Former Pemex exec fined $165 million in Mexican graft probe
A former Pemex executive was slapped with a $165 million fine under a graft probe into the Mexican state oil giant’s purchase of a defunct fertilizer company, the government said Friday.
Pemex suffered major financial losses over its purchase of the near-worthless fertilizer plant, which had been sitting idle for years, for $475 million in 2014.
Edgar Torres, the former head of Pemex Fertilizers, received “a fine of 3.2 billion pesos ($165 million) for irregularities in the purchasing process,” the country’s civil service said in a statement Friday.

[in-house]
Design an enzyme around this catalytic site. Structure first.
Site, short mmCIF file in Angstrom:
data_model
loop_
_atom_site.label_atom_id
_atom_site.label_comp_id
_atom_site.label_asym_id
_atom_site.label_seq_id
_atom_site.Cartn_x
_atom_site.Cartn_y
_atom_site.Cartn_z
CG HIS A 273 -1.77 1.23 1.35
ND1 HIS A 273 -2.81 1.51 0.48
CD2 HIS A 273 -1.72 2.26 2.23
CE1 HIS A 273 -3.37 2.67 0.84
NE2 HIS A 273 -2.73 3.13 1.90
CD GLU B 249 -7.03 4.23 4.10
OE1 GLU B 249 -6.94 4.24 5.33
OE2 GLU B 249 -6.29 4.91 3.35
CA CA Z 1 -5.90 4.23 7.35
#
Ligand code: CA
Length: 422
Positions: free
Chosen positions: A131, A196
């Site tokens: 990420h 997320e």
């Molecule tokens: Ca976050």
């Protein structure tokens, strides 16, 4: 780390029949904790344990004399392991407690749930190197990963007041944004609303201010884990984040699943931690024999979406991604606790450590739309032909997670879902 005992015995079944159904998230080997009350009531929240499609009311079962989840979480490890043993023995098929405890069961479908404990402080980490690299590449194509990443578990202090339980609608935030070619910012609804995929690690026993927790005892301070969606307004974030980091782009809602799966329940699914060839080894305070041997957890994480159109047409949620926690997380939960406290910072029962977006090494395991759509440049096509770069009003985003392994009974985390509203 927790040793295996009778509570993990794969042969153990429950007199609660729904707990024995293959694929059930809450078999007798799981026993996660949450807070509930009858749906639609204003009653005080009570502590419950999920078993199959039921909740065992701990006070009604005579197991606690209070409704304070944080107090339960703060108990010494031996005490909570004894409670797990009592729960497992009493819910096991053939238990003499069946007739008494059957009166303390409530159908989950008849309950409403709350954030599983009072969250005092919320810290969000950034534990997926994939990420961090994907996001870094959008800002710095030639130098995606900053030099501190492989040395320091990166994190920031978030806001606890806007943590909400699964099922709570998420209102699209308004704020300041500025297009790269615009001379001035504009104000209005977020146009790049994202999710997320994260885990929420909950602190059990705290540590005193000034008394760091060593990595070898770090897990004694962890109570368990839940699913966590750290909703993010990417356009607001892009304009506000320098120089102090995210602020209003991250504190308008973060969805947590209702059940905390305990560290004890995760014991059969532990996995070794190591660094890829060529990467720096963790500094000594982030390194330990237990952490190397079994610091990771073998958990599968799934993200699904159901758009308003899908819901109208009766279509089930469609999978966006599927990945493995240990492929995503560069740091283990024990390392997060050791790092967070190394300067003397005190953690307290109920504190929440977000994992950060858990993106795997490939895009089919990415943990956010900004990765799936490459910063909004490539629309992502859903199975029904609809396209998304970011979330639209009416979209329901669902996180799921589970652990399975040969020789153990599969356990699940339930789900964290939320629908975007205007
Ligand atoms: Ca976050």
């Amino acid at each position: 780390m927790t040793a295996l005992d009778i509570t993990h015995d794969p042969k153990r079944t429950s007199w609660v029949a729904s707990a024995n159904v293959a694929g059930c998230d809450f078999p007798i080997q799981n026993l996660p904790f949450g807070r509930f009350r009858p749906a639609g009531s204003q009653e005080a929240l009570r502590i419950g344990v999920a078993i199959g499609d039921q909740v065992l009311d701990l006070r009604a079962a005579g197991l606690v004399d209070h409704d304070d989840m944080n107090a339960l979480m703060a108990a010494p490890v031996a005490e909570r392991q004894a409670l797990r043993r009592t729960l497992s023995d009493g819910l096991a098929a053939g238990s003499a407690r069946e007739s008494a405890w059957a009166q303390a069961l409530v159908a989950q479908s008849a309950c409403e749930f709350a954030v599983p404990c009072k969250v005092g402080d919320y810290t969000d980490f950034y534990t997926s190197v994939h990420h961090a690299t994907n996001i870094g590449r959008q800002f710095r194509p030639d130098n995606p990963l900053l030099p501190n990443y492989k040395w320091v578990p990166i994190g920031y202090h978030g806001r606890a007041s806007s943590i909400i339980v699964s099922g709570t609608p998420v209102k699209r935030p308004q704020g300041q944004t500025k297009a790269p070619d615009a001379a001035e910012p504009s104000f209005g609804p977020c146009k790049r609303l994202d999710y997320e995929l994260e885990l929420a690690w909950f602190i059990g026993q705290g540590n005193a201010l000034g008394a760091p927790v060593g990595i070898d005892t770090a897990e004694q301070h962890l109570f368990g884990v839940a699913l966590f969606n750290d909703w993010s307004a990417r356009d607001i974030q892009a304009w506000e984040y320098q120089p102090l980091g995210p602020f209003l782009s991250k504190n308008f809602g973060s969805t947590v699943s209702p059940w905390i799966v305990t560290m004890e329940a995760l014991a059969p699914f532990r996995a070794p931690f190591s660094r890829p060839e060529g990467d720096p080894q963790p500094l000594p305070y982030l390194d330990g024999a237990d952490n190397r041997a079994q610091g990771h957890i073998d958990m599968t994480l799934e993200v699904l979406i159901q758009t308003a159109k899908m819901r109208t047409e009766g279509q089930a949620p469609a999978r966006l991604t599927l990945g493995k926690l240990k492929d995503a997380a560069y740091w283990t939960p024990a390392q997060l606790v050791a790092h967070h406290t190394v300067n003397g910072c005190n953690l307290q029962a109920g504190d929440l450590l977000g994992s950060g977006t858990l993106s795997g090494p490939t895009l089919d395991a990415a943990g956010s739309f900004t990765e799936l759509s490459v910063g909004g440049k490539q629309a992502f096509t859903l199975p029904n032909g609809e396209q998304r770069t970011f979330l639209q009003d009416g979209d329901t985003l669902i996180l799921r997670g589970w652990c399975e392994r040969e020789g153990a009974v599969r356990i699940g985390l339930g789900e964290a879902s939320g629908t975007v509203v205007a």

The Mexican press identified Torres as a close associate of former Pemex chief executive Emilio Lozoya, a top adviser to ex-president Enrique Pena Nieto.
A Mexican judge has issued an arrest warrant for Lozoya, whose whereabouts are unknown. He is accused of being part of the Pemex scandal and also of taking millions of dollars in bribes from Brazilian company Odebrecht.
As part of his punishment, Torres was also barred from working in the public sector for 15 years. That comes in addition to the 15 years he was banned in May and a separate fine of $31.7 million for having bought the fertilizer company at an inflated price.
The Pemex affair is the first major graft case under President Andres Manuel Lopez Obrador, an anti-establishment leftist who took office in December vowing to fight the country’s deep-rooted political corruption.